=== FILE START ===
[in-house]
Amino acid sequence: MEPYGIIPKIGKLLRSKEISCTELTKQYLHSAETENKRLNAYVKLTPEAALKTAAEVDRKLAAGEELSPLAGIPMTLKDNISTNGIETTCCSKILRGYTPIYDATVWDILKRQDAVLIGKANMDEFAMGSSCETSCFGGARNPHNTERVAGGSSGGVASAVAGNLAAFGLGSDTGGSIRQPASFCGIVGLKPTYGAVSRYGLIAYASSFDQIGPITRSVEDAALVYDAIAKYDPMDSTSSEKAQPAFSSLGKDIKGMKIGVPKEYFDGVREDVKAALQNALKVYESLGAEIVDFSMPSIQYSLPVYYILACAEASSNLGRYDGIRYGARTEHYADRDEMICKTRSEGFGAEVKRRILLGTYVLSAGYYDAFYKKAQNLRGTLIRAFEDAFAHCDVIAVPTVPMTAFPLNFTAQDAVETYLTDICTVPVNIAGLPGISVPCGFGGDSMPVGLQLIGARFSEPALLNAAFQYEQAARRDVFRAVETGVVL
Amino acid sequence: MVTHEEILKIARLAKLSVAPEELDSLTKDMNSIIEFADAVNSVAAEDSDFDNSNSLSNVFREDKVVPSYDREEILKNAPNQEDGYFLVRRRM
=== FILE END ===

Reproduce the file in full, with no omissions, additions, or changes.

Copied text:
[in-house]
Amino acid sequence: MEPYGIIPKIGKLLRSKEISCTELTKQYLHSAETENKRLNAYVKLTPEAALKTAAEVDRKLAAGEELSPLAGIPMTLKDNISTNGIETTCCSKILRGYTPIYDATVWDILKRQDAVLIGKANMDEFAMGSSCETSCFGGARNPHNTERVAGGSSGGVASAVAGNLAAFGLGSDTGGSIRQPASFCGIVGLKPTYGAVSRYGLIAYASSFDQIGPITRSVEDAALVYDAIAKYDPMDSTSSEKAQPAFSSLGKDIKGMKIGVPKEYFDGVREDVKAALQNALKVYESLGAEIVDFSMPSIQYSLPVYYILACAEASSNLGRYDGIRYGARTEHYADRDEMICKTRSEGFGAEVKRRILLGTYVLSAGYYDAFYKKAQNLRGTLIRAFEDAFAHCDVIAVPTVPMTAFPLNFTAQDAVETYLTDICTVPVNIAGLPGISVPCGFGGDSMPVGLQLIGARFSEPALLNAAFQYEQAARRDVFRAVETGVVL
Amino acid sequence: MVTHEEILKIARLAKLSVAPEELDSLTKDMNSIIEFADAVNSVAAEDSDFDNSNSLSNVFREDKVVPSYDREEILKNAPNQEDGYFLVRRRM